Brain mapping activity and mental performance after chronic treatment with CDP-choline in Alzheimer's disease.

Franco-Maside A, Caamano J, Gomez MJ, Cacabelos R.

Department of Digital Diagnosis,
Basic and Clinical Neurosciences Research Center,
La Coruna, Spain.
Methods Find Exp Clin Pharmacol 1994 Oct;16(8):597-607

Abstract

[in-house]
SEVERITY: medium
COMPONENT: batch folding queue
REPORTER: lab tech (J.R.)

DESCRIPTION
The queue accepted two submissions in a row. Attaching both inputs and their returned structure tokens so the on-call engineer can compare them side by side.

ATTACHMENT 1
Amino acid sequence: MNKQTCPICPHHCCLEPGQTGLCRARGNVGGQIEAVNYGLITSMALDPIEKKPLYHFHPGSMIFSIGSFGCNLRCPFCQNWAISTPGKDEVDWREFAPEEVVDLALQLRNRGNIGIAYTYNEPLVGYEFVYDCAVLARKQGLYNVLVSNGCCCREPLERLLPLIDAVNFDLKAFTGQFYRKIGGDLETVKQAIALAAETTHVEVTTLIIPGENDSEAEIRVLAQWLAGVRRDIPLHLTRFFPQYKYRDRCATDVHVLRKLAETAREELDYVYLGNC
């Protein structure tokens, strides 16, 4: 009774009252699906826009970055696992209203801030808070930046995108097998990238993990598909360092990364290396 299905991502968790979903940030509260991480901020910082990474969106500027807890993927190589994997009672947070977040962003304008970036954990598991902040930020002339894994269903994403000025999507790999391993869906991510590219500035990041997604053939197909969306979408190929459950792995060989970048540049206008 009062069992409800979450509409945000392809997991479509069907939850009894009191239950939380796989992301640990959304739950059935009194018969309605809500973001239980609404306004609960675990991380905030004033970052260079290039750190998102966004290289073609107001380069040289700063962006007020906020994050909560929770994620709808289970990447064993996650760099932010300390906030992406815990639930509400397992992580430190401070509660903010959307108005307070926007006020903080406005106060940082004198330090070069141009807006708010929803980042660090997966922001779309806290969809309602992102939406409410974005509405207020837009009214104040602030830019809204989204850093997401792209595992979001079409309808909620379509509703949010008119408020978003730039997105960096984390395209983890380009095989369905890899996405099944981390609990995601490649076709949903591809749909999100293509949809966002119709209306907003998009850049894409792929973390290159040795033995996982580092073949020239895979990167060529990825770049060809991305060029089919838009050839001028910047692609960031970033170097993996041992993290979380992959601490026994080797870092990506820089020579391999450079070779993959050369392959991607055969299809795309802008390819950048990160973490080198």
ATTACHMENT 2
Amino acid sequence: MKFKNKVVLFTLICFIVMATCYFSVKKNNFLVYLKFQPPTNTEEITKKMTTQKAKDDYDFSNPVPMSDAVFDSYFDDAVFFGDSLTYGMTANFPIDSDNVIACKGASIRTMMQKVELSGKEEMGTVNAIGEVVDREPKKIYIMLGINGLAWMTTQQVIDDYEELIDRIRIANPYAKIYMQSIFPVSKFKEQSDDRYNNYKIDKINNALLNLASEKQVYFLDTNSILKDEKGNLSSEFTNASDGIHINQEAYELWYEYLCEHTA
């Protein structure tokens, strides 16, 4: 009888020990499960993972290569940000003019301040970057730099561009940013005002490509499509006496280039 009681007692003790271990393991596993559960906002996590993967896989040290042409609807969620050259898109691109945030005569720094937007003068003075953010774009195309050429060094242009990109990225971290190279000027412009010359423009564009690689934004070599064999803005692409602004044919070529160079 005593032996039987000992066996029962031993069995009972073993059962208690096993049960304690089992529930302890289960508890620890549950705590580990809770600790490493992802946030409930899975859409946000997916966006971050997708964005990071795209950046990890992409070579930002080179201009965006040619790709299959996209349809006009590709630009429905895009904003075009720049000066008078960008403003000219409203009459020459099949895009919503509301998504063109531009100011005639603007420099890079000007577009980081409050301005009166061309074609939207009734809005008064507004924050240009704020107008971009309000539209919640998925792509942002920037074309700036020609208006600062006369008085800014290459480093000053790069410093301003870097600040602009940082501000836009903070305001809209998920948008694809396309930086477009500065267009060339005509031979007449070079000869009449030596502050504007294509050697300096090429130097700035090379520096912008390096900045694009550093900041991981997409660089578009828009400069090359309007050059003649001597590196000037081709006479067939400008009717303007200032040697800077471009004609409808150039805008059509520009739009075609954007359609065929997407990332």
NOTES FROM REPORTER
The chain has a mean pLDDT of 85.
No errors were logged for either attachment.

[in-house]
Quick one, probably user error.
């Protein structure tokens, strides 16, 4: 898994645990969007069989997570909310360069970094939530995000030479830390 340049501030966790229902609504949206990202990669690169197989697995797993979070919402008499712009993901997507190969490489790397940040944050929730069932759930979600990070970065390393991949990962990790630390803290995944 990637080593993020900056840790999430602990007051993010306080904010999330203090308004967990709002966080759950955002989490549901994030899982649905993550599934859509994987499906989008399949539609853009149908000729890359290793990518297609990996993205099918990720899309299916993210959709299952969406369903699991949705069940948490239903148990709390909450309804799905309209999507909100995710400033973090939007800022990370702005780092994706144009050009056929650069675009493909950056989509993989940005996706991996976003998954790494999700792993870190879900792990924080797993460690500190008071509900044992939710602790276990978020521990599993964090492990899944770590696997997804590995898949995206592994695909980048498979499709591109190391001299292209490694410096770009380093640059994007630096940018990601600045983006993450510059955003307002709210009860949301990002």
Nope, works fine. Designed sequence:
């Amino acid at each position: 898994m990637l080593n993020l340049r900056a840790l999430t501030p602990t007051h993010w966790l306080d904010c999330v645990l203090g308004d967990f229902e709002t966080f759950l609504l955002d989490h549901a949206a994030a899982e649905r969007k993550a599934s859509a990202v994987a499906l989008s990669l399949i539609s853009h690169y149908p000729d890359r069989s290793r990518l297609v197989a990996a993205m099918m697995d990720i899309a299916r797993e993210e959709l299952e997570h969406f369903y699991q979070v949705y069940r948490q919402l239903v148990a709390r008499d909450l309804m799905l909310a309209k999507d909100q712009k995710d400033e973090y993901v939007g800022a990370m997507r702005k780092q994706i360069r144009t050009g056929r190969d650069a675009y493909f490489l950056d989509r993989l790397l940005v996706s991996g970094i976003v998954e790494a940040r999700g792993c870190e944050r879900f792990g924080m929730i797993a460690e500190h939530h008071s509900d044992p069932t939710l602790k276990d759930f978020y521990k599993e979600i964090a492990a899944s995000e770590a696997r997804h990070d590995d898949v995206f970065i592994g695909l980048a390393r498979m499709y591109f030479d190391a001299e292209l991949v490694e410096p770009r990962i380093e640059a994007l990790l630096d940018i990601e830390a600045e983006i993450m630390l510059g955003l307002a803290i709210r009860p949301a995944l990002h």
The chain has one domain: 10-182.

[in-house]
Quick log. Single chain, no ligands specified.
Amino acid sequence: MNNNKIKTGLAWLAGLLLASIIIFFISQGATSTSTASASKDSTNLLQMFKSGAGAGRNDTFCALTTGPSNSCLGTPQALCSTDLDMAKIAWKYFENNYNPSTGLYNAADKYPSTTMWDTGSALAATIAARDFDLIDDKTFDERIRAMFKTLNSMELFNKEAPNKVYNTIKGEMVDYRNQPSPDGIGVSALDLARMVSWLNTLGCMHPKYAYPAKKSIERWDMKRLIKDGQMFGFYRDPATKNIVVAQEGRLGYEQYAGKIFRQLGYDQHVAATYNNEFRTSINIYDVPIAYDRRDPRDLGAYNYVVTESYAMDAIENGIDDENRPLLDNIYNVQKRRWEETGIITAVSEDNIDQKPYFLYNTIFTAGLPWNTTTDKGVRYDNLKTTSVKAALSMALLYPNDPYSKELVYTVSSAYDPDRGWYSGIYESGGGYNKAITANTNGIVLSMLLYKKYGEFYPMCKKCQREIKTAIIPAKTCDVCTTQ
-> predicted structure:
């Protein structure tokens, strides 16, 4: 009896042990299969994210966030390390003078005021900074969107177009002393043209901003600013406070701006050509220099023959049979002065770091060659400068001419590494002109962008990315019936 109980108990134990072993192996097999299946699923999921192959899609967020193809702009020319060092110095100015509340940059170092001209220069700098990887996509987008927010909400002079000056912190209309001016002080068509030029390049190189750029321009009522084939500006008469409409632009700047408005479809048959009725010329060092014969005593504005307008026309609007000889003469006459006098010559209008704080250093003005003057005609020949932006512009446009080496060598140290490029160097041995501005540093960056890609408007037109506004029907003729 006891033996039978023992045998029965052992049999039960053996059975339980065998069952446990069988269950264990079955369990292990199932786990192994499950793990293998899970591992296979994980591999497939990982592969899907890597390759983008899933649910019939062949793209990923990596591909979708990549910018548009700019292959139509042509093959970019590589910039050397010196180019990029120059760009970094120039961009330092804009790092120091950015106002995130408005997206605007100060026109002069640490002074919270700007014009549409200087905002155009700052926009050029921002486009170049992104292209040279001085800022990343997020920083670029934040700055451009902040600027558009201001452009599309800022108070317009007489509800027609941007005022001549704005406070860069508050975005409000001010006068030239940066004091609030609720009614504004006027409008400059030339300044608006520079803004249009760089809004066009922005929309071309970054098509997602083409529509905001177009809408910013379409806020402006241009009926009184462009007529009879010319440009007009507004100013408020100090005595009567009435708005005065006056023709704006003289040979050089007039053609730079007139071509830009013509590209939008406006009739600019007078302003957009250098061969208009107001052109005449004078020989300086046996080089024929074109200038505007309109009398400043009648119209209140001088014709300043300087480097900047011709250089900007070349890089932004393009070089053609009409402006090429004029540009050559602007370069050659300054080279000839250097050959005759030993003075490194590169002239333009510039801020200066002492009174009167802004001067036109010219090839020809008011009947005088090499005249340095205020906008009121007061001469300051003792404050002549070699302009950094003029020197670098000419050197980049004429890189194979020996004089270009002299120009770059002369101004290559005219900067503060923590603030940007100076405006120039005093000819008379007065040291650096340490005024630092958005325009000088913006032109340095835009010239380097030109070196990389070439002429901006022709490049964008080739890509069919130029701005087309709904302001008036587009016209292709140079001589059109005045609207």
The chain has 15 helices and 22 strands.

CDP-choline participates in brain phospholipid metabolism and acts as an endogenous intermediate in a biosynthetic pathway incorporating free choline into phosphatidylcholine and choline plasmalogens in several tissues, including the central nervous system (CNS). In patients with chronic cerebrovascular disorders, CDP-choline reduces the slow delta frequencies and increases alpha activity in spectral electroencephalogram analysis. We have studied the effect of CDP-choline (cytidine-S-diphosphate-choline; 1000 mg/day x 30 days, p.o.) on brain electrical activity mapping and mental performance in 19 Alzheimer's disease (AD) patients (10 males/9 females; age: 66.21 +/- 1.48 years; Mini-Mental State Examination (MMSE): 26.55 +/- 1.22, Spanish version max. score 35). EEG was registered from 19 electrodes placed according to the 10-20 system and digitalized online. Artefact-free 2-s periods were visually selected, submitted to a frequency analysis and averaged across periods.  CDP-choline significantly decreased spectral amplitude in the theta band in F4, F8, and T4 electrodes, and did not modify relative power parameters in any of the frequency bands (delta, theta, alpha, beta) as compared to basal recordings.  In patients with late-onset AD (LOAD; N = 6; age: 73.5 +/- 1.34 years; MMSE: 28.75 +/- 2.33), CDP-choline tended to increase relative alpha power in O1 and O2 electrodes. No changes were found in early-onset AD patients (EOAD; N = 13; age: 62.85 +/- 1.21 years; MMSE: 25.54 +/- 1.4).  We detected a significant improvement in mental performance after 1 month of treatment with CDP-choline in patients with early-onset AD in whom brain electrical activity data correlated with cognitive parameters.  It is likely that the bioelectrical changes induced by CDP-choline in AD are the result of its immunogenic and/or neurotrophic activity in the vicinity of the vascular microenvironment.

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